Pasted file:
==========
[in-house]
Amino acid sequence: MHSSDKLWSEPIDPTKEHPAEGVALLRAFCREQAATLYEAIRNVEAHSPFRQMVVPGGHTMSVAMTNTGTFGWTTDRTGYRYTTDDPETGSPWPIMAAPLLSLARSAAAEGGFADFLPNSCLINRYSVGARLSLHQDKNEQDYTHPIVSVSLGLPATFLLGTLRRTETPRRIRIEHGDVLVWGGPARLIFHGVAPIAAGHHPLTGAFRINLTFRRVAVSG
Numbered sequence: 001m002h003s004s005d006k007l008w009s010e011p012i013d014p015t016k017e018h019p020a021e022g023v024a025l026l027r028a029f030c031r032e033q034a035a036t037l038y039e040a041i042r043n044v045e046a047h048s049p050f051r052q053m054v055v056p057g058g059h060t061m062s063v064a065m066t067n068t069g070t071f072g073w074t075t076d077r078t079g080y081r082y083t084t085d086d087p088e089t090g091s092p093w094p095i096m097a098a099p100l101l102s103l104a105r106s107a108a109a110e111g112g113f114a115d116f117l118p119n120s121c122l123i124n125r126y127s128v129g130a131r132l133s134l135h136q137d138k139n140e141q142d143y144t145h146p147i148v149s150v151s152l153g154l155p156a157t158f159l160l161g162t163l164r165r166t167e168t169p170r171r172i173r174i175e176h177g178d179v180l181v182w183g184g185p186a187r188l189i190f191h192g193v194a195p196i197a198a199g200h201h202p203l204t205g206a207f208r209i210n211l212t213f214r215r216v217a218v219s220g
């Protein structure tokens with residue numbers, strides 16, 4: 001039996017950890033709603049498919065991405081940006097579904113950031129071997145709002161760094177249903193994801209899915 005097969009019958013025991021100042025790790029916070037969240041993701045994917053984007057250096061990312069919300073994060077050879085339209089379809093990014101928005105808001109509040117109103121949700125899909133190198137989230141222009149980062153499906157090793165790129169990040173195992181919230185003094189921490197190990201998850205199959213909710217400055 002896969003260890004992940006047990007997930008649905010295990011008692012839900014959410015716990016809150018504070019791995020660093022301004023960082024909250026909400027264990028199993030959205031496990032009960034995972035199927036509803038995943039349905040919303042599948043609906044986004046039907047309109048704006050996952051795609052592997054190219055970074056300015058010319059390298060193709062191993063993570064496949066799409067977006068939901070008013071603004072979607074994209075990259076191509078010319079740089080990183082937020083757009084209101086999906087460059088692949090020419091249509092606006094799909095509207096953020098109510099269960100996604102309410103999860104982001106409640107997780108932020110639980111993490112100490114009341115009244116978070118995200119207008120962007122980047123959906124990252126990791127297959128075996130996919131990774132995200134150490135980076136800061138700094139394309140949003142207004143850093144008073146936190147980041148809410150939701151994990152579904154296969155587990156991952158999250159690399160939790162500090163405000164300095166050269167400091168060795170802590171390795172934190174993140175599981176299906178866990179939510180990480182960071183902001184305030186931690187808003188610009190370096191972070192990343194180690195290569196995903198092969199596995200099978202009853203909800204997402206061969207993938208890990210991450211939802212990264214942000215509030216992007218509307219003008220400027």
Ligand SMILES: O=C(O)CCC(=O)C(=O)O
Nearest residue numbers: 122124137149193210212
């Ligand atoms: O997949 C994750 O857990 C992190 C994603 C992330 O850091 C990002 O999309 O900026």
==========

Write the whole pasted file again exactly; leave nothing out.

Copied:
[in-house]
Amino acid sequence: MHSSDKLWSEPIDPTKEHPAEGVALLRAFCREQAATLYEAIRNVEAHSPFRQMVVPGGHTMSVAMTNTGTFGWTTDRTGYRYTTDDPETGSPWPIMAAPLLSLARSAAAEGGFADFLPNSCLINRYSVGARLSLHQDKNEQDYTHPIVSVSLGLPATFLLGTLRRTETPRRIRIEHGDVLVWGGPARLIFHGVAPIAAGHHPLTGAFRINLTFRRVAVSG
Numbered sequence: 001m002h003s004s005d006k007l008w009s010e011p012i013d014p015t016k017e018h019p020a021e022g023v024a025l026l027r028a029f030c031r032e033q034a035a036t037l038y039e040a041i042r043n044v045e046a047h048s049p050f051r052q053m054v055v056p057g058g059h060t061m062s063v064a065m066t067n068t069g070t071f072g073w074t075t076d077r078t079g080y081r082y083t084t085d086d087p088e089t090g091s092p093w094p095i096m097a098a099p100l101l102s103l104a105r106s107a108a109a110e111g112g113f114a115d116f117l118p119n120s121c122l123i124n125r126y127s128v129g130a131r132l133s134l135h136q137d138k139n140e141q142d143y144t145h146p147i148v149s150v151s152l153g154l155p156a157t158f159l160l161g162t163l164r165r166t167e168t169p170r171r172i173r174i175e176h177g178d179v180l181v182w183g184g185p186a187r188l189i190f191h192g193v194a195p196i197a198a199g200h201h202p203l204t205g206a207f208r209i210n211l212t213f214r215r216v217a218v219s220g
């Protein structure tokens with residue numbers, strides 16, 4: 001039996017950890033709603049498919065991405081940006097579904113950031129071997145709002161760094177249903193994801209899915 005097969009019958013025991021100042025790790029916070037969240041993701045994917053984007057250096061990312069919300073994060077050879085339209089379809093990014101928005105808001109509040117109103121949700125899909133190198137989230141222009149980062153499906157090793165790129169990040173195992181919230185003094189921490197190990201998850205199959213909710217400055 002896969003260890004992940006047990007997930008649905010295990011008692012839900014959410015716990016809150018504070019791995020660093022301004023960082024909250026909400027264990028199993030959205031496990032009960034995972035199927036509803038995943039349905040919303042599948043609906044986004046039907047309109048704006050996952051795609052592997054190219055970074056300015058010319059390298060193709062191993063993570064496949066799409067977006068939901070008013071603004072979607074994209075990259076191509078010319079740089080990183082937020083757009084209101086999906087460059088692949090020419091249509092606006094799909095509207096953020098109510099269960100996604102309410103999860104982001106409640107997780108932020110639980111993490112100490114009341115009244116978070118995200119207008120962007122980047123959906124990252126990791127297959128075996130996919131990774132995200134150490135980076136800061138700094139394309140949003142207004143850093144008073146936190147980041148809410150939701151994990152579904154296969155587990156991952158999250159690399160939790162500090163405000164300095166050269167400091168060795170802590171390795172934190174993140175599981176299906178866990179939510180990480182960071183902001184305030186931690187808003188610009190370096191972070192990343194180690195290569196995903198092969199596995200099978202009853203909800204997402206061969207993938208890990210991450211939802212990264214942000215509030216992007218509307219003008220400027």
Ligand SMILES: O=C(O)CCC(=O)C(=O)O
Nearest residue numbers: 122124137149193210212
């Ligand atoms: O997949 C994750 O857990 C992190 C994603 C992330 O850091 C990002 O999309 O900026």